Kobe's beef

I'm sure you've been there before: That fight you had with your significant other consumes you to the point that you can't focus on your job. No matter how hard you try to shake your domestic drama, it continues to gnaw at you like John Goodman on a turkey leg. Now, imagine going to work every day with some legal problem hanging over your head, say, a rape case. Now, factor in that you admitted on national television – with your spouse by your side – that unlike former President Bill Clinton, you did have sex with that woman and broke your wedding vows.

Take this nightmare a step further and imagine you had the type of job that required you to memorize offensive and defensive plays and required extraneous physical exertion and that you would have to go to work on the same day you were required to attend court proceedings some 900 miles away. These pressing problems would likely weigh you down. Unless, of course, you're Kobe Bryant.

By now you're undoubtedly at least casually familiar with the rape case surrounding Kobe Bryant and An Unnamed Resort Employee. Kobe admits to consensual sexual contact with the young lady, but she claims that Bryant forced himself on her when she visited his room last summer. Regardless of the sordid courtroom details of the case – and whose version of the details you choose to believe – Kobe's actions on the basketball court have proven to be one of the most puzzling aspects of the situation. Rather than having an adverse effect on his play, the days on which Kobe has appeared in court in Colorado and then flown to Los Angeles to play basketball have seen Kobe flourish, something that is both amazing and disturbing. One has to wonder about Bryant's motivation, and what he thinks about during that ride on a private jet. I'm sure that basketball serves as a release for Kobe, but the performances he delivers on the days of his court appearances are simply scary. Here's a look:

Dec. 19, 2003: Kobe makes his first court-to-court appearance, arriving in Los Angeles during the first quarter to face the Denver Nuggets. He drains a 20-foot jump shot as time expires to lead the Lakers to a 2-point victory.

March 24, 2004: Kobe does it again, going from Colorado to L.A. This time he puts up 36 points in a huge game against the rival Sacramento Kings.

April 28, 2004: Bryant jets to Los Angeles just in time for a playoff game against the Houston Rockets. Kobe scores 31 points and dishes out 10 assists to knock the Rockets out of the playoffs and propel the Lakers into the second round.

May 12, 2004: After entering a plea of not guilty in Colorado court, Kobe gets to the Lakers game in time to score 42 points (15 of them coming in the fourth quarter), evening the series with the defending champion San Antonio Spurs at 2-2.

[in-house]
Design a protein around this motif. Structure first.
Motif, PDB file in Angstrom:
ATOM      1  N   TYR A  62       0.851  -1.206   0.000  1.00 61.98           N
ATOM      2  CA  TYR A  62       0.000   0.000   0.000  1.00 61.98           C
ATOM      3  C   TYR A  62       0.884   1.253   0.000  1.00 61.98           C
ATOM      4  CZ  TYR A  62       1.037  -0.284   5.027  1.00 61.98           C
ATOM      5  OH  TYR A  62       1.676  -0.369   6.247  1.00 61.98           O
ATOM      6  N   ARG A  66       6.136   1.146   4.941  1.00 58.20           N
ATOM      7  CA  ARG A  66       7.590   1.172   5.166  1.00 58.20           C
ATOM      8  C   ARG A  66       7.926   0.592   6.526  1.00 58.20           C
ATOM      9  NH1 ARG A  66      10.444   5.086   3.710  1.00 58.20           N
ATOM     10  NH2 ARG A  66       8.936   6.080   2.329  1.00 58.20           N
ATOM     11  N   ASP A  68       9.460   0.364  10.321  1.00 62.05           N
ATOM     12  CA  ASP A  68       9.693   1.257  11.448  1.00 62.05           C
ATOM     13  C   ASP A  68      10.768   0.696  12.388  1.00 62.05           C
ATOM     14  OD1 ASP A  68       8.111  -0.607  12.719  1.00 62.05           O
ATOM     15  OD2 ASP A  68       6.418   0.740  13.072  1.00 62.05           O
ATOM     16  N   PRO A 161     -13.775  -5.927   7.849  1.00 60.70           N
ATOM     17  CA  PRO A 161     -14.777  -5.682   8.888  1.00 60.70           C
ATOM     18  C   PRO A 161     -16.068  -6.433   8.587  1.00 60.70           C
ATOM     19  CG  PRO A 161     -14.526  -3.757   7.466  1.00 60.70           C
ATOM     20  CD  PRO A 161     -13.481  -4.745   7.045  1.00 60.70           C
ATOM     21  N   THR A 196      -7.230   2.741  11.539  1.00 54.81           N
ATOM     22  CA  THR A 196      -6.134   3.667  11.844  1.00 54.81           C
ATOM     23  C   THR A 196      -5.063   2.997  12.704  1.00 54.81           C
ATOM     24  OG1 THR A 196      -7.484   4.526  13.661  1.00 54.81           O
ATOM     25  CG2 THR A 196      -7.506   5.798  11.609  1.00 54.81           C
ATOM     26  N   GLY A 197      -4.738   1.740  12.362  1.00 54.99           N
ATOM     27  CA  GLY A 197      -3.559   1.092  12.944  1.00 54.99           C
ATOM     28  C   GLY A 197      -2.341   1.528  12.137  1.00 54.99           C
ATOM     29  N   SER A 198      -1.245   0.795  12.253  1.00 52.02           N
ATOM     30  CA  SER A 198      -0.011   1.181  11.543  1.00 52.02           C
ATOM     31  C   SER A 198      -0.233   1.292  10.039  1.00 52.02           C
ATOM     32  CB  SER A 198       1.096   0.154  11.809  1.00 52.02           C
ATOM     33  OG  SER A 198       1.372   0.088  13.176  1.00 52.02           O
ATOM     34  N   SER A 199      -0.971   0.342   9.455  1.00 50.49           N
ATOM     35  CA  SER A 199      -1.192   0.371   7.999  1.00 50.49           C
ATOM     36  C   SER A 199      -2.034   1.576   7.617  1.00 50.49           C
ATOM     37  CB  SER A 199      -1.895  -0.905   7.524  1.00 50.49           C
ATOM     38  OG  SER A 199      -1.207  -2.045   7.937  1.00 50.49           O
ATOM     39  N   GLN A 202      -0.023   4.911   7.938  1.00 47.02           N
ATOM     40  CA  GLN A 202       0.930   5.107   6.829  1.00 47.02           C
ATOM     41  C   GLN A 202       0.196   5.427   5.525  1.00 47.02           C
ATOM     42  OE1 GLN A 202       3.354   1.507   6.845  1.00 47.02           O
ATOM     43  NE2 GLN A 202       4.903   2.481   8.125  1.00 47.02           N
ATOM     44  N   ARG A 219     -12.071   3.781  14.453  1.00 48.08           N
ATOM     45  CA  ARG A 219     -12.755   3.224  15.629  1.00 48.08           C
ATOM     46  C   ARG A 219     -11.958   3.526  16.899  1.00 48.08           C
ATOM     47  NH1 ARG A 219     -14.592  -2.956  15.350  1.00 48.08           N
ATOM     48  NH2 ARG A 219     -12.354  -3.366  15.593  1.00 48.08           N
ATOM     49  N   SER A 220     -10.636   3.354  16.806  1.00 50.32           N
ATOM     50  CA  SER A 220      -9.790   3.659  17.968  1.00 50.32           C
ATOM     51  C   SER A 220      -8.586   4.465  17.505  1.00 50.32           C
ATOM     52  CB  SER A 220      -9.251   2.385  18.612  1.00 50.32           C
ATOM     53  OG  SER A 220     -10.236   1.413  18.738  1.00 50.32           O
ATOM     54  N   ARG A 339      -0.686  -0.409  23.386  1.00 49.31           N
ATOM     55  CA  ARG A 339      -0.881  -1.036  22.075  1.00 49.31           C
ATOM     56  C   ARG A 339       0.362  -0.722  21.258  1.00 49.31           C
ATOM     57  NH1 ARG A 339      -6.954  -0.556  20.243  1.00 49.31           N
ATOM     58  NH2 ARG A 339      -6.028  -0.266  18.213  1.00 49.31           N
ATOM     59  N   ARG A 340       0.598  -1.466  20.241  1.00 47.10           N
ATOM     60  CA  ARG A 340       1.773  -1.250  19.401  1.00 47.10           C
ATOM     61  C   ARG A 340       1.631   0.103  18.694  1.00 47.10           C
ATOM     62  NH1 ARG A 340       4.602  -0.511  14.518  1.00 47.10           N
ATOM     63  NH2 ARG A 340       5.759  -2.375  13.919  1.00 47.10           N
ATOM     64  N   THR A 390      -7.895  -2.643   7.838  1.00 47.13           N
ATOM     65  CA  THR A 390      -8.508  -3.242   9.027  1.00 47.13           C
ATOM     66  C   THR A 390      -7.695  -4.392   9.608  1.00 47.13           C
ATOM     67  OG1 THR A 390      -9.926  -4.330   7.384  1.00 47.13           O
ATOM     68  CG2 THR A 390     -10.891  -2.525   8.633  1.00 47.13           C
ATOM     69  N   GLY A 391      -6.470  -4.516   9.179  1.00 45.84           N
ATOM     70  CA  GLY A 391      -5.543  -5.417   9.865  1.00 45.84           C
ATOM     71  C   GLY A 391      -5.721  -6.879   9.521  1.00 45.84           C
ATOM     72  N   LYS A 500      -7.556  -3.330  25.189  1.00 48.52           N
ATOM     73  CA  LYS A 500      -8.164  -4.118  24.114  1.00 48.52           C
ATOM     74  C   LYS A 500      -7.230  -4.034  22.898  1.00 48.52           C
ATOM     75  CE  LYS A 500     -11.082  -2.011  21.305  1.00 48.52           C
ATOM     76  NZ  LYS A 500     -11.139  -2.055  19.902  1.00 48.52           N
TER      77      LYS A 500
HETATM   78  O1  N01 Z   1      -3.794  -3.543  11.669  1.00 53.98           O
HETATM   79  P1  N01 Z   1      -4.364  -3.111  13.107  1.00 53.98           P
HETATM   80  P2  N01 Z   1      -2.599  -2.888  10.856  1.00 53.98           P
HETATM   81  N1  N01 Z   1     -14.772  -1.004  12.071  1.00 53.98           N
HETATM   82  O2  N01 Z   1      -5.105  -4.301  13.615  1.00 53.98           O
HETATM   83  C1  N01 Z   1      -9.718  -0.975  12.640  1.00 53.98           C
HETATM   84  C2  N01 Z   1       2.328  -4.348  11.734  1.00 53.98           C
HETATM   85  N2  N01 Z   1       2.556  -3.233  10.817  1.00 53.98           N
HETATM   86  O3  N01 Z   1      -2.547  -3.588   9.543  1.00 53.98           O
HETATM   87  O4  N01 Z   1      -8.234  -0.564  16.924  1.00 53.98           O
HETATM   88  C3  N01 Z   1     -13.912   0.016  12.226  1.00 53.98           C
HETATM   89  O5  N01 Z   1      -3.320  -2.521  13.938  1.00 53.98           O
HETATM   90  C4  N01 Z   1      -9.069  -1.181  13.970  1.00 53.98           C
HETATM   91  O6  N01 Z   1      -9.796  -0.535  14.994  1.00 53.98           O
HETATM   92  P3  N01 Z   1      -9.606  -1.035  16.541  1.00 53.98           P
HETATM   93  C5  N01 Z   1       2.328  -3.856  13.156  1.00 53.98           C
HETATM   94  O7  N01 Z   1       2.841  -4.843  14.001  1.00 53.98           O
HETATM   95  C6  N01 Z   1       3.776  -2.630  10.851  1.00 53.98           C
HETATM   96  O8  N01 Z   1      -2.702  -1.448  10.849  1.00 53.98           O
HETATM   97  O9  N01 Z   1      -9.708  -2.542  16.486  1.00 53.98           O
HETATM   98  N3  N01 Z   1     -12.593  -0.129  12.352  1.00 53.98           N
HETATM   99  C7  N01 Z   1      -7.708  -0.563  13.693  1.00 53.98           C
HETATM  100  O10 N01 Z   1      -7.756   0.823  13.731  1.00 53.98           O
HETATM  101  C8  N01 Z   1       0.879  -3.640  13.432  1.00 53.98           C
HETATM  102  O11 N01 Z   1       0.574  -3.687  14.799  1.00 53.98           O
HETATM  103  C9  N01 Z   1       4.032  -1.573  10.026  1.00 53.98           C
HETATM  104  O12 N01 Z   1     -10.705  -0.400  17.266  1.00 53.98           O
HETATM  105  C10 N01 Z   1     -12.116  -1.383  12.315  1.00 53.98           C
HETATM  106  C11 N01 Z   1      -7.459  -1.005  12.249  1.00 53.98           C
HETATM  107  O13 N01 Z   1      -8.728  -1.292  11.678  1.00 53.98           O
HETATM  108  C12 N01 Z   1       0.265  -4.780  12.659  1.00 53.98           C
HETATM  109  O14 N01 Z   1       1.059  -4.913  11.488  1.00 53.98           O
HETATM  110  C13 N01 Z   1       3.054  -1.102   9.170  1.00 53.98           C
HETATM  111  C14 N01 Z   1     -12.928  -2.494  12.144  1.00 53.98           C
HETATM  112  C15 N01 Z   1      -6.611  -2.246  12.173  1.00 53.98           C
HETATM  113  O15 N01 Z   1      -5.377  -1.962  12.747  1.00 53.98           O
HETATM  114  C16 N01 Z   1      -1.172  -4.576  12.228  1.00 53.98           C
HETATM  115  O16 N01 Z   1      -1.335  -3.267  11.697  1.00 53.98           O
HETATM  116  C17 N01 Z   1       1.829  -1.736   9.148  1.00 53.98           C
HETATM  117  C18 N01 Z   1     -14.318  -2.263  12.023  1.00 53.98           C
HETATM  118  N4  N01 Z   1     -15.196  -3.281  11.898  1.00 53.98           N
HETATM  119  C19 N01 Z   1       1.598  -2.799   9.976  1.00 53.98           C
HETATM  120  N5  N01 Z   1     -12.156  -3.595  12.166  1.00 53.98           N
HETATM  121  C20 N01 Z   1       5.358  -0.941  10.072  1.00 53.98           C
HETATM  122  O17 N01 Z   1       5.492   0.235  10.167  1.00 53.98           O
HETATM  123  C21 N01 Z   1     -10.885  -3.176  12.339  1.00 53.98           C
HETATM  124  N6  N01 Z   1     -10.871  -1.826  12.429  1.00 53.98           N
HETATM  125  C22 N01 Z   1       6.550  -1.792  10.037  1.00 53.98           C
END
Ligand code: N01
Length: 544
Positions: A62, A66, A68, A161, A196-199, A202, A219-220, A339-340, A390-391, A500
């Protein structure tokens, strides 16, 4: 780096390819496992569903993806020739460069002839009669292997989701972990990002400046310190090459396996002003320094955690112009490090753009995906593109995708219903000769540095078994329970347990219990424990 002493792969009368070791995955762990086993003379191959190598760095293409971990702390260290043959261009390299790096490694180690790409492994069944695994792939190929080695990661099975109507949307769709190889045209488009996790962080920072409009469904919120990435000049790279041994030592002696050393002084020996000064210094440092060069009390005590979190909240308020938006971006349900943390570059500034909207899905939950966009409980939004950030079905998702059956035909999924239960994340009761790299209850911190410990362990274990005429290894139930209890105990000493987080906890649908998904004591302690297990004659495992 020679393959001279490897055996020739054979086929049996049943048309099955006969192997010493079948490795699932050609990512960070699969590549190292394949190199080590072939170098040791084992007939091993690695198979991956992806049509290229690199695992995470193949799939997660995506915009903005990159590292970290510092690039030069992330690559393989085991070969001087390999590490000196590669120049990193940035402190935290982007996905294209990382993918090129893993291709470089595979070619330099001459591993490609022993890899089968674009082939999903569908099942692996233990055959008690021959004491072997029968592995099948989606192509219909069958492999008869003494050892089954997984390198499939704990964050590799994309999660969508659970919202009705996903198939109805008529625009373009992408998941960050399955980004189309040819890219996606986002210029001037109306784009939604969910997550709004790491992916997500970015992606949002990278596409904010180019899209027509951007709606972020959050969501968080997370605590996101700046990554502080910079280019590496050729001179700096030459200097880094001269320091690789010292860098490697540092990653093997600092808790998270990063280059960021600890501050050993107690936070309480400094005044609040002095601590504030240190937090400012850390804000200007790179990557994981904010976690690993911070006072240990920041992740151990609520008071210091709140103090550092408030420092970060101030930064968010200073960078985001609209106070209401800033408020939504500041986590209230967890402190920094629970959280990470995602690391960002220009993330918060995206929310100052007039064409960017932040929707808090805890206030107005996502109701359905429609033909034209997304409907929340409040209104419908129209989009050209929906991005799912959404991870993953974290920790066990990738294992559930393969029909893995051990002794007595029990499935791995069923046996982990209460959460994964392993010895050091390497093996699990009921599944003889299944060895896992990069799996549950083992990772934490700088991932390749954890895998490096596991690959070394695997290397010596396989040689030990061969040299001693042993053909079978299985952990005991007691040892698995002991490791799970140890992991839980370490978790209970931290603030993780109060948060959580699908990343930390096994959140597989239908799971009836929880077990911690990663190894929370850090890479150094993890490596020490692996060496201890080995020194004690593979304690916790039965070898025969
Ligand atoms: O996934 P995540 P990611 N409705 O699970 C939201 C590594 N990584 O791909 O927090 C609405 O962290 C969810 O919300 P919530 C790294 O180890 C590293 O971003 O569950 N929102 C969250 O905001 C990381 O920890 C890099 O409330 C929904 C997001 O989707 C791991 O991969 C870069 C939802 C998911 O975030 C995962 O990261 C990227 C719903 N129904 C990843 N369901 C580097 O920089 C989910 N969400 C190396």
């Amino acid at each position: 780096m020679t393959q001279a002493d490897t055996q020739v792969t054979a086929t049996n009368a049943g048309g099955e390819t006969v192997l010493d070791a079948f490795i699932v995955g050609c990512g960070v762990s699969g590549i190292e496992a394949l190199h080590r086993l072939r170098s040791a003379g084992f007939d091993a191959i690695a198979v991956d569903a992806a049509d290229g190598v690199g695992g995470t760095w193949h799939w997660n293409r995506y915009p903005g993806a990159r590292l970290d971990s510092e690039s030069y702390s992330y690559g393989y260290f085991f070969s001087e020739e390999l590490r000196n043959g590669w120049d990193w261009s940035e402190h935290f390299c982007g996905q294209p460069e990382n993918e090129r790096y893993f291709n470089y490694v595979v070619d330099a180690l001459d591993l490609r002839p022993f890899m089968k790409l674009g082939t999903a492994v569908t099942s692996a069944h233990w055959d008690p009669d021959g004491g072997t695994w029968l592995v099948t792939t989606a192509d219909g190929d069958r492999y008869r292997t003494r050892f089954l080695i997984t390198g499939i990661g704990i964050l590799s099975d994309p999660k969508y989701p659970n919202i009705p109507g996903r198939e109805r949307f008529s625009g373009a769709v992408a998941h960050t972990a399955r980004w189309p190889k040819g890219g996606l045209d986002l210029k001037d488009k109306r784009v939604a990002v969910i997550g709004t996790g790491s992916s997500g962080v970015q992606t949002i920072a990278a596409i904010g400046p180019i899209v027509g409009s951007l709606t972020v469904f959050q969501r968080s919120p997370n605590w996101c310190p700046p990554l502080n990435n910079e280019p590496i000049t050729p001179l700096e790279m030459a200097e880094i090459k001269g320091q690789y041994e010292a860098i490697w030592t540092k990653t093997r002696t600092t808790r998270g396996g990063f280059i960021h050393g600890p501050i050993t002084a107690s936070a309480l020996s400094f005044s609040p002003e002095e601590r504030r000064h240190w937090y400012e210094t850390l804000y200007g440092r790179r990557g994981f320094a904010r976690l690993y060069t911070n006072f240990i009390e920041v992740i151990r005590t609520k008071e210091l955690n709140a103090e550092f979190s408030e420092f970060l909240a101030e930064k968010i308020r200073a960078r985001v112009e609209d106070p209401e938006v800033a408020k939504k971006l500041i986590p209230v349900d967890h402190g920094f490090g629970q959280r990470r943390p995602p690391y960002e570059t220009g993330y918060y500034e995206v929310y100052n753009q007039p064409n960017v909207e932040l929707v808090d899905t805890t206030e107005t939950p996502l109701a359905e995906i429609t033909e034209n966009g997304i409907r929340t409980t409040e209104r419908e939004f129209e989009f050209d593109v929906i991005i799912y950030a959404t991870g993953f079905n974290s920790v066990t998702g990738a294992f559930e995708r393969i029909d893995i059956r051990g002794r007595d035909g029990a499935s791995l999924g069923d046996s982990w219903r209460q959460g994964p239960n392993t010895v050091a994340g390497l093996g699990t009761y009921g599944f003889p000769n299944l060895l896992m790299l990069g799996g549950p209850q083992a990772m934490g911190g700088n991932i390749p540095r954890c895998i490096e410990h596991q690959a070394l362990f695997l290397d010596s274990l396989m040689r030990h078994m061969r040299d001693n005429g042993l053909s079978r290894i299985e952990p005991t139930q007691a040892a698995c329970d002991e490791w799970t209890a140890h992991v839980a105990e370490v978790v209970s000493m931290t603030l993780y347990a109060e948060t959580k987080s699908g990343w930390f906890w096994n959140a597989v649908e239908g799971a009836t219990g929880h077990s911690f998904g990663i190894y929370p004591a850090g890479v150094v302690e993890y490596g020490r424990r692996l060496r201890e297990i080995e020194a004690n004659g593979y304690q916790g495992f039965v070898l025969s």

When asked how he is able to excel in such obviously trying circumstances, Kobe simply states, "I don't know, I really don't know." Hogwash. He knows, and he knows in a big way. I can just see Kobe's frame stretched out in that private jet, his headphones blasting some Jay-Z, Lakers' playbook in his hands, and I can just imagine what was going through the mind of the shooting guard/accused rapist:

I'll show those motherfuckers. I'll show them all. That loudmouthed white bitch at that resort knew what she was getting herself into. That arrogant prick of a district attorney can kiss my black ass too, with his condescending attitude. Fuck all my teammates for not saying one word to support me to the media, fuck all those fans that boo me and fuck Nutella for dropping my endorsement deal. They'll all pay. I'm gonna drop 40 on ‘em tonight.

Oh yeah, fuck you too, T-Mac, for saying that I should have stuck with my wife. He don't know what it's like dealing with that prima donna. She's worse than Shaq, and he never made me buy him a $4 million ring.

I really hope I'm wrong about Kobe's private thoughts. Maybe basketball is a release for him during a troublesome time. Perhaps he's able to block all of his legal thoughts from his mind and allow his uncanny athletic ability to take over. However, I would be willing to wager dollars to doughnuts that those imaginary harsh words above don't even begin to scratch the surface of what really goes on inside Kobe's dome during that jet ride. Perhaps such thoughts consume him while he's on the court:

What's up, Tim Duncan? You think you can guard me? Four years of college ball at Wake Forest and you can't even hold my jockstrap. Maybe when I'm done putting up 40 points on you, I'll go after your girlfriend. Ain't no jury in the country that would put me in jail for being the man that you can't be. Oh, you got something to say, Doug Christie? You just keep being the NBA poster boy for pussy-whipped motherfuckers and I'm gonna wear another championship ring. Y'all Sacramento Kings are some mulatto-looking freaks anyway. I'm gonna beat you like I'm gonna beat this rape charge.

Only Kobe knows for certain what his motivation is on those days when he first stands trial in Colorado, then flies to Los Angeles to play basketball. Statistics rarely lie, so there must be some extra impetus to perform on days when he must wear a suit and look humble yet defiant in a courtroom. I know I have a hard time focusing on my job when I can't remember if I shut off the George Foreman Grill. I can't imagine trying to keep my wits about me and running full-speed for a few hours while pondering whether or not I'll be doing time a year from now. I guess that's just one of the many areas in which I am different from Kobe Bryant. I'm not convinced that's such a bad thing.